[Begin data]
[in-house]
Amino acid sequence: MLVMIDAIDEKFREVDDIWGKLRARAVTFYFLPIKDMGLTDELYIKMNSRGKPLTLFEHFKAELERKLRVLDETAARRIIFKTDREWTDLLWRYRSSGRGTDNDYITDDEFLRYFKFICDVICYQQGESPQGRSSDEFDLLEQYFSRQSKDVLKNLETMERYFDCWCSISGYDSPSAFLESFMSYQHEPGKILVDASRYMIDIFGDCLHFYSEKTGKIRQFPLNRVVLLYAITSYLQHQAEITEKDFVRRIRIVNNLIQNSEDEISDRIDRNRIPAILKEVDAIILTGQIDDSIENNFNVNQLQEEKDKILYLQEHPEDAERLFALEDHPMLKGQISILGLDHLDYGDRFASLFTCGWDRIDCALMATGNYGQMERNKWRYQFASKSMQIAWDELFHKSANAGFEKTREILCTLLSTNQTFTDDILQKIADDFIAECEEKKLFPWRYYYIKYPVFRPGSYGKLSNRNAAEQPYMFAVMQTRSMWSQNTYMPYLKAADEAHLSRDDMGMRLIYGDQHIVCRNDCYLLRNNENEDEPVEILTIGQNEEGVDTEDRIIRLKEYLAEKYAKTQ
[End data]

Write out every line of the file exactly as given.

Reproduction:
[in-house]
Amino acid sequence: MLVMIDAIDEKFREVDDIWGKLRARAVTFYFLPIKDMGLTDELYIKMNSRGKPLTLFEHFKAELERKLRVLDETAARRIIFKTDREWTDLLWRYRSSGRGTDNDYITDDEFLRYFKFICDVICYQQGESPQGRSSDEFDLLEQYFSRQSKDVLKNLETMERYFDCWCSISGYDSPSAFLESFMSYQHEPGKILVDASRYMIDIFGDCLHFYSEKTGKIRQFPLNRVVLLYAITSYLQHQAEITEKDFVRRIRIVNNLIQNSEDEISDRIDRNRIPAILKEVDAIILTGQIDDSIENNFNVNQLQEEKDKILYLQEHPEDAERLFALEDHPMLKGQISILGLDHLDYGDRFASLFTCGWDRIDCALMATGNYGQMERNKWRYQFASKSMQIAWDELFHKSANAGFEKTREILCTLLSTNQTFTDDILQKIADDFIAECEEKKLFPWRYYYIKYPVFRPGSYGKLSNRNAAEQPYMFAVMQTRSMWSQNTYMPYLKAADEAHLSRDDMGMRLIYGDQHIVCRNDCYLLRNNENEDEPVEILTIGQNEEGVDTEDRIIRLKEYLAEKYAKTQ